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No easy solution for cat problem

Cat food commercials make them look lovable, playful and mischievous, but for cats without homes, life on the streets of Ironton can turn a once purring disposition into more than city officials can ignore.

Friday, October 08, 1999

Cat food commercials make them look lovable, playful and mischievous, but for cats without homes, life on the streets of Ironton can turn a once purring disposition into more than city officials can ignore.

"We have numerous calls coming into the office about cats," Ironton Mayor Bob Cleary said. "And it’s a situation the city is reviewing and trying to work with the Lawrence County Humane Society about, but there are no easy answers."

Felines are not considered domestic animals by the Ohio Revised Code and are therefore ungoverned by state law. If laws concerning cats are made, those decisions are left to local cities, towns and municipalities.

Other Ohio cities, such as Springfield and Dayton, have taken matters into their own hands. These cities have, through ordinances, regulated cat ownership similarly to the way the city officials regulate dog ownership, Cleary said.

"I’ve been researching these different communities and how they are dealing with the problem of cats running unregulated on the streets," he said. "Most of these ordinances seem like they have taken their dog ordinances and replaced the word ‘dog’ with the word ‘cat.’"

If Ironton city officials would propose an ordinance like other cities, cat owners would be required to license their animals, follow leash laws and keep the cats confined or indoors.

But, with the feline ability to jump and climb being much greater than that of most dogs, confining the cats would be more difficult, Cleary said.

"In meeting with the humane society, it seems that, although ordinances of this kind would help the problem, the only long-term solution would take several years of spaying and neutering these animals," he said. "This would decrease the cat population over the years, but we’re not likely to see an immediate decrease from that."

Even a program that would help residents spay their female feline animals would greatly reduce the population, said Debby Scarlotti, humane society member and volunteer.

"Information from the Humane Society of the United States says that one female cat and her female offspring can produce 420,000 cats in seven years," she said.

The new county animal abuse shelter, run by the humane society, takes cats when they have room available, but the growing number of county abuse cases must take precedent over animals that are simply unwanted. The unwanted animals are then left on the streets to fend for themselves and can begin increasing the cat overpopulation problem well before they have lived one full year, she added.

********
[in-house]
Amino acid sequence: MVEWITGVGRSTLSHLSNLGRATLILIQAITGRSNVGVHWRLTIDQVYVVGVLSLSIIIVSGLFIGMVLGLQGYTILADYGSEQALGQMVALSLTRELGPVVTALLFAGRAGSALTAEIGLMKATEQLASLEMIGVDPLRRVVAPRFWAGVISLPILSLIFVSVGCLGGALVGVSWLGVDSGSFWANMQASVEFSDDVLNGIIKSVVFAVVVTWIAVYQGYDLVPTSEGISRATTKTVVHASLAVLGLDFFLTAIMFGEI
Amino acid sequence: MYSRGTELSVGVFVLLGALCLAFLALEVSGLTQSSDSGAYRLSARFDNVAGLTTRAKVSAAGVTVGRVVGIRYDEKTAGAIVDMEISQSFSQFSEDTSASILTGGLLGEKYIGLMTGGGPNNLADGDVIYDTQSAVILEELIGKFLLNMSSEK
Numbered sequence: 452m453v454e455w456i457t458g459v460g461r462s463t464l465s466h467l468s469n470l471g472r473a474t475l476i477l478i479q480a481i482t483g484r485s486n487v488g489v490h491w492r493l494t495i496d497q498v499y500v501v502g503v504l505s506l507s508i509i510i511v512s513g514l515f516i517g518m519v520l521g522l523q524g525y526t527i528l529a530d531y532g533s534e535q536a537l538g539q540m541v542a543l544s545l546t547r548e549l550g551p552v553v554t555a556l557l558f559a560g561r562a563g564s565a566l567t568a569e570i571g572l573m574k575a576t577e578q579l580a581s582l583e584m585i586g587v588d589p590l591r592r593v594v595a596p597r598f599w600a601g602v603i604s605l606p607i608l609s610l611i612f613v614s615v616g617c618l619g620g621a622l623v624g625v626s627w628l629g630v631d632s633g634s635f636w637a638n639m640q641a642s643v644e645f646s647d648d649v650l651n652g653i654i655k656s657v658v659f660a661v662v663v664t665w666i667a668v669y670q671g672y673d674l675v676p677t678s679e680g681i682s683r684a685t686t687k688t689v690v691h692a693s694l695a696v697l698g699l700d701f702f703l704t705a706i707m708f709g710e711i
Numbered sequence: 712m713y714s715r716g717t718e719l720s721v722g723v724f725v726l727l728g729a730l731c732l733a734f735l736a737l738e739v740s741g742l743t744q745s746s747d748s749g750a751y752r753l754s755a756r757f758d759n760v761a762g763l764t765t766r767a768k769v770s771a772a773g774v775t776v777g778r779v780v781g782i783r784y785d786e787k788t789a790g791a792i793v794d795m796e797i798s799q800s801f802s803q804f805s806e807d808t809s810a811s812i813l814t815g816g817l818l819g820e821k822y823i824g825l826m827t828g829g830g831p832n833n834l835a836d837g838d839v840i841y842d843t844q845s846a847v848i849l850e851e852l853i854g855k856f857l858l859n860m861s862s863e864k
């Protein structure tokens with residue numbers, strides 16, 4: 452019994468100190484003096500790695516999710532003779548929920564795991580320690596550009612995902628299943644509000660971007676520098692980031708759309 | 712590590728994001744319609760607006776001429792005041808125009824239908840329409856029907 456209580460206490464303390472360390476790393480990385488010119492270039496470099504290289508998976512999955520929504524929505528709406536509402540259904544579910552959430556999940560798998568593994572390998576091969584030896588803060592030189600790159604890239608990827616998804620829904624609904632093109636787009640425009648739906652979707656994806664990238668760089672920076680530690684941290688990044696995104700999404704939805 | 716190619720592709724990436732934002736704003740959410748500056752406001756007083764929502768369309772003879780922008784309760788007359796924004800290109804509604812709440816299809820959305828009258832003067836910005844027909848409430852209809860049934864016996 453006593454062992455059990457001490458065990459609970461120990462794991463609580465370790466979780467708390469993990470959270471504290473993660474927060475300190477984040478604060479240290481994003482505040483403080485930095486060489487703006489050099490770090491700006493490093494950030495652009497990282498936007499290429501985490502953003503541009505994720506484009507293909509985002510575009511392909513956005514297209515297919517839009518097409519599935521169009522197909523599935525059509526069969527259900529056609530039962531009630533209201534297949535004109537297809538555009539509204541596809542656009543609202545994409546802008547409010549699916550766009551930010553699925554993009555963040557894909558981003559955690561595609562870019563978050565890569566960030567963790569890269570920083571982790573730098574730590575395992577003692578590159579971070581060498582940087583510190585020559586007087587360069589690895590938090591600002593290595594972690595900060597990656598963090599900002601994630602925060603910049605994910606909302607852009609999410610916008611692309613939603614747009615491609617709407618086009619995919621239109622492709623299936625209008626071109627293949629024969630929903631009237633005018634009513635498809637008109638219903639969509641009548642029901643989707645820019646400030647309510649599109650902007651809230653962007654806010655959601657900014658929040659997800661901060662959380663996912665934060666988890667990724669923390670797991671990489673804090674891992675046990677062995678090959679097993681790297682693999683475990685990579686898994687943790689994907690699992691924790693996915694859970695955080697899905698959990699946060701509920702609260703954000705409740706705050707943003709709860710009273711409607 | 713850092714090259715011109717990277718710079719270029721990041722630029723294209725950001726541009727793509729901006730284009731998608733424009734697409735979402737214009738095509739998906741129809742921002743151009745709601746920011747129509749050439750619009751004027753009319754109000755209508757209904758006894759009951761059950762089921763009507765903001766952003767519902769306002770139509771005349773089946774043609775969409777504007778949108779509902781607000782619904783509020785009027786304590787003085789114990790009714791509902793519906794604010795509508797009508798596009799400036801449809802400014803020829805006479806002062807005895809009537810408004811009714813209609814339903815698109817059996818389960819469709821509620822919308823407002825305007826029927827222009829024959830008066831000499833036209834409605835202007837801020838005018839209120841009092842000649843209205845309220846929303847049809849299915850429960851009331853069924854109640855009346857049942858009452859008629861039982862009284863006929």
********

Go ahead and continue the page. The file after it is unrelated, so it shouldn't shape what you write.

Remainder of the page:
"We take in all that we have room and funds for, but that is very limited –  we need funds to help care for them because they do have to have their shots, and we spay and neuter them," she said. "There have been instances where people have paid us to take a cat, and we get several calls about cats, but there are only so many we can take. There have been times where people have just left a box of kittens only two or three weeks old outside our door and we tried to bottle feed them, but we lost all but one."

It is, however, imperative that city officials take not only a close look at the problem, but also find a solution of some kind soon, she added.

Cats living in abandoned houses, in alleys, and being allowed to run loose and over populate the city causes more than just a nuisance –  it can cause a health problem and other immediate dangers to residents, city health officials said.

"There have been a few instances where we get a call at the police department and we have no choice but to dispatch the dog warden," Cleary said. "For example, if the animal is suspected to be rabid, we cannot allow that sort of disease to spread to residents or other animals. But for the most part, without legislation and a proper place with enough space to house all these cats, there isn’t much we can do."

But the city and the county remain without a facility to house cats in, and a government-funded cattery is an impossibility because of the lack of laws governing cats, Cleary said. A cattery would have to be a city or county facility, he added.

"I think it is very likely that council will pass some type of ordinance similar to those of other cities in the near future," he said. "The council members are all, to my knowledge, aware of the problem and have been very cooperative in working with this office to find a solution. They want to solve the problem for the residents, but we all want to make sure it is a viable solution."